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From Sean Owen <>
Subject Re: Streaming: which code is (not) executed at every batch interval?
Date Tue, 04 Nov 2014 20:44:30 GMT
Maybe you are looking for updateStateByKey?

You can use broadcast to efficiently send info to all the workers, if
you have some other data that's immutable, like in a local file, that
needs to be distributed.

On Tue, Nov 4, 2014 at 8:38 PM, Steve Reinhardt <> wrote:
> -----Original Message-----
> From: Sean Owen <>
>>On Tue, Nov 4, 2014 at 8:02 PM, spr <> wrote:
>>> To state this another way, it seems like there's no way to straddle the
>>> streaming world and the non-streaming world;  to get input from both a
>>> (vanilla, Linux) file and a stream.  Is that true?
>>> If so, it seems I need to turn my (vanilla file) data into a second
>>Hm, why do you say that? nothing prevents that at all. You can do
>>anything you like in your local code, or in functions you send to
>>remote workers. (Of course, if those functions depend on a local file,
>>it has to exist locally on the workers.) You do have to think about
>>the distributed model here, but what executes locally/remotely isn't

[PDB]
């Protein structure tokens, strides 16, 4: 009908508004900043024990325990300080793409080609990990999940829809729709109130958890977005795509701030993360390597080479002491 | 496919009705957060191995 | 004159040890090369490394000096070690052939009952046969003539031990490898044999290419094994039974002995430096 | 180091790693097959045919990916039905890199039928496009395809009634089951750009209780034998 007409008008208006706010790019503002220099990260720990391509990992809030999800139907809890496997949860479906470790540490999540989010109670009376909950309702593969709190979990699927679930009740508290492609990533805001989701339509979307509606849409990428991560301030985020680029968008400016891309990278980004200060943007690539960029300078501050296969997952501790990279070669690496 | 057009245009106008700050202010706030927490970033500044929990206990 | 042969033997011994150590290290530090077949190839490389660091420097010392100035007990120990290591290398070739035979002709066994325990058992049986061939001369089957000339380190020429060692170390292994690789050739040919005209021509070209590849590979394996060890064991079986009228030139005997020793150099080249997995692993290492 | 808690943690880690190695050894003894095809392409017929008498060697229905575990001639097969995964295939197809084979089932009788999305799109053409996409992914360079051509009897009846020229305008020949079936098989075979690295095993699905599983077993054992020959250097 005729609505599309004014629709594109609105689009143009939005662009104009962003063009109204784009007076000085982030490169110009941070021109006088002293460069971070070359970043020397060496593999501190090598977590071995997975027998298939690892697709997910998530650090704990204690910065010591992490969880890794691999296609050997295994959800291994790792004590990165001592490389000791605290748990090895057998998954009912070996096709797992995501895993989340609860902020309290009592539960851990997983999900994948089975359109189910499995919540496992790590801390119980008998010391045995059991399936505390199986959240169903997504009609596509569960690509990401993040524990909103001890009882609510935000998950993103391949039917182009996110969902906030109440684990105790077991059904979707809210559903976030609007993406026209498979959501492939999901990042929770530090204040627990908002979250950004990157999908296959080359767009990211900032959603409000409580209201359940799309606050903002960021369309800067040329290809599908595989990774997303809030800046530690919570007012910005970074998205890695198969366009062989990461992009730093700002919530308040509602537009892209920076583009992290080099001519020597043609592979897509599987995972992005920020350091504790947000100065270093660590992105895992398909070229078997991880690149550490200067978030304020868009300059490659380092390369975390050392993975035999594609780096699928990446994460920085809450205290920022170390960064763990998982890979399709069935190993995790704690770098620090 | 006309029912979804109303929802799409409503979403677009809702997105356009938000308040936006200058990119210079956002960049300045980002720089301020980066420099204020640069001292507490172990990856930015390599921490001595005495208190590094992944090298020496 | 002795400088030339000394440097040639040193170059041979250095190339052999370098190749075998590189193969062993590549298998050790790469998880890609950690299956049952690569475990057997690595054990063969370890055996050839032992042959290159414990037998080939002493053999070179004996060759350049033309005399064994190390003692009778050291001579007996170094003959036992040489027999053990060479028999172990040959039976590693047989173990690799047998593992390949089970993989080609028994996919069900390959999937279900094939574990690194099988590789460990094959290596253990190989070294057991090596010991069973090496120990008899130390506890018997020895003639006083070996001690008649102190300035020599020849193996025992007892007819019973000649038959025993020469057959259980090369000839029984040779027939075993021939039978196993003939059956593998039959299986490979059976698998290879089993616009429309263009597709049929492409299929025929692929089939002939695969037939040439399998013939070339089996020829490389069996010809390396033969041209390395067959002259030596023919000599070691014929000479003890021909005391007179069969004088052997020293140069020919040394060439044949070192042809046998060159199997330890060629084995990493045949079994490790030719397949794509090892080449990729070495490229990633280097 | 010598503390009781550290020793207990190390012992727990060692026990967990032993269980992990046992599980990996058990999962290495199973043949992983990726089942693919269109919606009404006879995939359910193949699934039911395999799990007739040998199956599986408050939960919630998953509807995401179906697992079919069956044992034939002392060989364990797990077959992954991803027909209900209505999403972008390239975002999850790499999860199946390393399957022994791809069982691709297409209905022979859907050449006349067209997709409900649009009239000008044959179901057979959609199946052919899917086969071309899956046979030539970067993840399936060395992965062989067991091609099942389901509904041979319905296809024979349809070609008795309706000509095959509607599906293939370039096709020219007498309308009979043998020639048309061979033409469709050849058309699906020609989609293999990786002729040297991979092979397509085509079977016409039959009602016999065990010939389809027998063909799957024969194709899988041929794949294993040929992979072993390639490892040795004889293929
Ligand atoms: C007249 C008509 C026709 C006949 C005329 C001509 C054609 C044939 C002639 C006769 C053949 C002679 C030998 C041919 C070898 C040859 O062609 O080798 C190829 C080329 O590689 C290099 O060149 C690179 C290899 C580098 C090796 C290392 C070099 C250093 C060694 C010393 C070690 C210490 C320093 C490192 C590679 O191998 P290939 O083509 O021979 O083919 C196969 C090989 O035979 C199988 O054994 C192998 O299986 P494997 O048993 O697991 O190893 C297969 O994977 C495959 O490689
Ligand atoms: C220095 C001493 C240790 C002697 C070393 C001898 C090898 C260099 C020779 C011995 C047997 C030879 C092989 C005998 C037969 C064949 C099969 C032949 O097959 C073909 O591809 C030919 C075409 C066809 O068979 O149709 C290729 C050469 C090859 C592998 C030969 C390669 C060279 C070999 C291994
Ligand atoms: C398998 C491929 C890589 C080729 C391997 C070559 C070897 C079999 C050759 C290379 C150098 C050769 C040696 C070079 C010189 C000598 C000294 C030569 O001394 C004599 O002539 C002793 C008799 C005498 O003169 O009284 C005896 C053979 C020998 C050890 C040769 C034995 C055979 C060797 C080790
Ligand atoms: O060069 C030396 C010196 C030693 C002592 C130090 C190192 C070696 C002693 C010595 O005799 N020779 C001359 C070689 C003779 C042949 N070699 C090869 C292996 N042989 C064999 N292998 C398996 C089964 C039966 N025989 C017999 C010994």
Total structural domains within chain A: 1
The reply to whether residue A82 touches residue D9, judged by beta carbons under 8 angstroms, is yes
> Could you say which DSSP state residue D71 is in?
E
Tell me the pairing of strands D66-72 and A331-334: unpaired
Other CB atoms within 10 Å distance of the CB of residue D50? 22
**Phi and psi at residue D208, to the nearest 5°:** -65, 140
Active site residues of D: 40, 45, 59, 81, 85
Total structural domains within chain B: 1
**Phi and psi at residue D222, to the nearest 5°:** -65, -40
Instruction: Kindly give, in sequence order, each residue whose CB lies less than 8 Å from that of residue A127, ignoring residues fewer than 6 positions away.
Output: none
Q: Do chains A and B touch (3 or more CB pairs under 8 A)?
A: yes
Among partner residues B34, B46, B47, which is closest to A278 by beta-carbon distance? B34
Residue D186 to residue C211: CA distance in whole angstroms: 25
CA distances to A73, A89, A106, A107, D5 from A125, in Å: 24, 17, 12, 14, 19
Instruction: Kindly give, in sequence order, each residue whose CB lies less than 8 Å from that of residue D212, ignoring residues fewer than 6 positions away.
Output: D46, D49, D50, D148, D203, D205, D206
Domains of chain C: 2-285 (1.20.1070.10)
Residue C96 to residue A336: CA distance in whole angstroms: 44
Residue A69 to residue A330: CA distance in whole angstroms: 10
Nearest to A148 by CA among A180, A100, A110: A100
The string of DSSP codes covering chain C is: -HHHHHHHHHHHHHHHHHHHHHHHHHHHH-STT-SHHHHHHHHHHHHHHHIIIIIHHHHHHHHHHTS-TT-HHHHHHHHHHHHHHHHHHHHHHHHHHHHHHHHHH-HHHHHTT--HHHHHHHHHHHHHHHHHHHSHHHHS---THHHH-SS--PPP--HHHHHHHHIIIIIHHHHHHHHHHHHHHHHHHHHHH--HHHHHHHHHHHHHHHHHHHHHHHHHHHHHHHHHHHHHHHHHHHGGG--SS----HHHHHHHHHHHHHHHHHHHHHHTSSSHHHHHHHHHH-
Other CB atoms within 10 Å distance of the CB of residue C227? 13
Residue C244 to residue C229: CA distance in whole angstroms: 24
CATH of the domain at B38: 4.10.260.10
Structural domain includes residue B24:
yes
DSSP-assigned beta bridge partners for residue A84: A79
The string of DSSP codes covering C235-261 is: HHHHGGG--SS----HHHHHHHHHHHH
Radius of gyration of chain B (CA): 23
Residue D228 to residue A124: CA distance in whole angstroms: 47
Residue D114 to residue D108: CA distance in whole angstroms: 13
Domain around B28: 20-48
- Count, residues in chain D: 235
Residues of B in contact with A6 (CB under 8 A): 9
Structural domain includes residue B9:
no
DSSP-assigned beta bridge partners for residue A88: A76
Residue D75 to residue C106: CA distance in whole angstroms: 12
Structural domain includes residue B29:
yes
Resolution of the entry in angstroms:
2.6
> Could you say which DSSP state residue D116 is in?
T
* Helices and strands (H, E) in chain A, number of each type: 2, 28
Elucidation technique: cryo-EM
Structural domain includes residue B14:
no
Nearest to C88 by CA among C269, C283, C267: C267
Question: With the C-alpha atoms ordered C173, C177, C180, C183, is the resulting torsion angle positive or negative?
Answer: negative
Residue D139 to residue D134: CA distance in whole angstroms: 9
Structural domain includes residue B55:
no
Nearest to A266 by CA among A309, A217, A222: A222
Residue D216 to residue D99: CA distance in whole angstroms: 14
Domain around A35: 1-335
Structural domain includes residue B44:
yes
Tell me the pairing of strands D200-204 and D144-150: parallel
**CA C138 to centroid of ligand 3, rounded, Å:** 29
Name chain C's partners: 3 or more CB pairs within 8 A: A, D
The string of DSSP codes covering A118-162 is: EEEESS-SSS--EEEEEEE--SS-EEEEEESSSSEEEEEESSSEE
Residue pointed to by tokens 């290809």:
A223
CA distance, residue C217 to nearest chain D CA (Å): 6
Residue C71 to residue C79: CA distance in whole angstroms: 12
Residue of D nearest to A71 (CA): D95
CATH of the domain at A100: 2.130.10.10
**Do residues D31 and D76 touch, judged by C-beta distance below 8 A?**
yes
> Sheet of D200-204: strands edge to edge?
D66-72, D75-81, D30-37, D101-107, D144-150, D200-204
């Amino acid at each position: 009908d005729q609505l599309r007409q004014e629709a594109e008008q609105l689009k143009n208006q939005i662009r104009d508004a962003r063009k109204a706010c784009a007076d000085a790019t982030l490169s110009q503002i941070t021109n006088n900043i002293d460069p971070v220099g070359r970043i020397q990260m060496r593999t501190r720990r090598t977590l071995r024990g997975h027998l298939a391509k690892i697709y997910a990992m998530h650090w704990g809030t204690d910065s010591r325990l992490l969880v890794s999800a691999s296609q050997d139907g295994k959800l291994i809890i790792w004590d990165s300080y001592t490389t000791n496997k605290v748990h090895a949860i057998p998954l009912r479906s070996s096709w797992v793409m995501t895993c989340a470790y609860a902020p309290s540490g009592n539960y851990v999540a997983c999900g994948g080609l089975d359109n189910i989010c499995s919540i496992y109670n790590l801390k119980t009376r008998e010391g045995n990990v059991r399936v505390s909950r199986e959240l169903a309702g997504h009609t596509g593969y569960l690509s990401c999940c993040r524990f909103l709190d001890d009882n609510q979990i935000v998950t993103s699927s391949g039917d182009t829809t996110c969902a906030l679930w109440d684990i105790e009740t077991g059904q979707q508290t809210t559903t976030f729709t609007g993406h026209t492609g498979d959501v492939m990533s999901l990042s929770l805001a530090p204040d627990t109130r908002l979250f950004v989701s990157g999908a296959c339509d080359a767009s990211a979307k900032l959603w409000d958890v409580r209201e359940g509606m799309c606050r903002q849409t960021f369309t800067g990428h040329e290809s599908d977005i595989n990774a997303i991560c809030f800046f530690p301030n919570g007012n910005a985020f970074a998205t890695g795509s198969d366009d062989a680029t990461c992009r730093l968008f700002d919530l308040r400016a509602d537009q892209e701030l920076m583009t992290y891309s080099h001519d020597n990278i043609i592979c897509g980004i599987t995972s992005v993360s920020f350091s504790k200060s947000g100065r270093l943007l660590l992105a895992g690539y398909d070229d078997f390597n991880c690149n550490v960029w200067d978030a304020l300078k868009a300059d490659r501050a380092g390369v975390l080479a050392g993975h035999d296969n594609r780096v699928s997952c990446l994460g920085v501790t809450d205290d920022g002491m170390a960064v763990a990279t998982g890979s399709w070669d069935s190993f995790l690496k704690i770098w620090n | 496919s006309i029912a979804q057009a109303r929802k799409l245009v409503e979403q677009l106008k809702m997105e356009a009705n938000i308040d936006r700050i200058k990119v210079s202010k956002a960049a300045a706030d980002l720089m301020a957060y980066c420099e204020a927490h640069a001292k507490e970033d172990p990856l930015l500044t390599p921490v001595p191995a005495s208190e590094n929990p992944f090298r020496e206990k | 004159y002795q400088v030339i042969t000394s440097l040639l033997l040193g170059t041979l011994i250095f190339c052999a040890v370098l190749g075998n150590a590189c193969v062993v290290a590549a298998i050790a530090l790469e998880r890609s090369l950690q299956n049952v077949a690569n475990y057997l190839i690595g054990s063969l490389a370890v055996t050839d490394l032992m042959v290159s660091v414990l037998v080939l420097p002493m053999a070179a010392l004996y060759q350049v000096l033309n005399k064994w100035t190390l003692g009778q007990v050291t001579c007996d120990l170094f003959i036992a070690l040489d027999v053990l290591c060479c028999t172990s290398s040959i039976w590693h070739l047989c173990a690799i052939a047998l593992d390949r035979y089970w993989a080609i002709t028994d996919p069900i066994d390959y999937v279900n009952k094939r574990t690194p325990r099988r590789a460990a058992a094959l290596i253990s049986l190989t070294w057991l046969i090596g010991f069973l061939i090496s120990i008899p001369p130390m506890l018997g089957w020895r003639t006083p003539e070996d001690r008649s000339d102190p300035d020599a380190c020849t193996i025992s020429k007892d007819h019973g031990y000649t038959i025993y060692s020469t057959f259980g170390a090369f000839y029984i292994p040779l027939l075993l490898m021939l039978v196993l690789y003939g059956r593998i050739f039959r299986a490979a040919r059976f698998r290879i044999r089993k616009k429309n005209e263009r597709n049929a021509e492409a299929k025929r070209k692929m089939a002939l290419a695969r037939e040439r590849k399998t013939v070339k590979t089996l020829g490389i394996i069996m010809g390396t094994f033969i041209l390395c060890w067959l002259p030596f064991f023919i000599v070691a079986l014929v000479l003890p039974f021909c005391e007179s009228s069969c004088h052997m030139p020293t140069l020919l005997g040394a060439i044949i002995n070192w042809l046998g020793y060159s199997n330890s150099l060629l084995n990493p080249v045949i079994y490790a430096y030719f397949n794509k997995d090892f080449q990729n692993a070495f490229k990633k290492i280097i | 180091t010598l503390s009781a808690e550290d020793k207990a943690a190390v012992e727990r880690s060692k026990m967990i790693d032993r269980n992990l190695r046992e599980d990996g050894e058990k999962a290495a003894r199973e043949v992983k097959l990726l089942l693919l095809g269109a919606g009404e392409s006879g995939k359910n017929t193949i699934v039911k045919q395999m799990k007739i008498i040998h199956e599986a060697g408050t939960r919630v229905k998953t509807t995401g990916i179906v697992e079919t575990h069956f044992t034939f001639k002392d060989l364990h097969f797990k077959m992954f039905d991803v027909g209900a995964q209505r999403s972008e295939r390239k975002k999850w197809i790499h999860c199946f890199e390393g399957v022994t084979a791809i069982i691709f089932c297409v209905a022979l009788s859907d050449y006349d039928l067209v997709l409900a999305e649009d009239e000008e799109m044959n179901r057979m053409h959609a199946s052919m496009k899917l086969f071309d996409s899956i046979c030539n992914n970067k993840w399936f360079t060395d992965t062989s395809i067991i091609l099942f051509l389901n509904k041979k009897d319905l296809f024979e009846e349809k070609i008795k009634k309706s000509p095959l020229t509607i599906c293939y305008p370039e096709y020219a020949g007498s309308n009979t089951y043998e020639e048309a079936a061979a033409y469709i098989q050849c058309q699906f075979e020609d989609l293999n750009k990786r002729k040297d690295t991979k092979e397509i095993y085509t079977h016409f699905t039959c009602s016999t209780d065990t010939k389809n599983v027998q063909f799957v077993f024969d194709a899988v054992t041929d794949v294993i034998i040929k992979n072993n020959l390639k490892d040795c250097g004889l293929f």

>>mysterious. It is things in calls to Spark API method that will be
>>executed remotely.
> The distinction I was calling out was temporal, not local/distributed,
> though that is another important dimension.  It sounds like I can do
> anything I want in the code before the ssc.start(), but that code runs
> once at the beginning of the program.  What I'm searching for is some way
> to have code that runs repeatedly and potentially updates a variable that
> the Streaming code will see.  Broadcast() almost does that, but apparently
> the underlying variable should be immutable.  I'm not aware of any (Spark)
> way to have code run repeatedly other than as part of the Spark Streaming
> API, but that doesn't look at vanilla files.
> The distributed angle you raise makes my "vanilla file" approach not quite
> credible, in that the vanilla file would have to be distributed to all the
> nodes for the updates to be seen.  So maybe the simplest way to do that is
> to have a vanilla Linux code monitoring the vanilla file (on a client
> node) and sending any changes to it into a (distinct) stream.  If so, the
> remote code would need to monitor both that stream and the main data
> stream.  Does that make sense?

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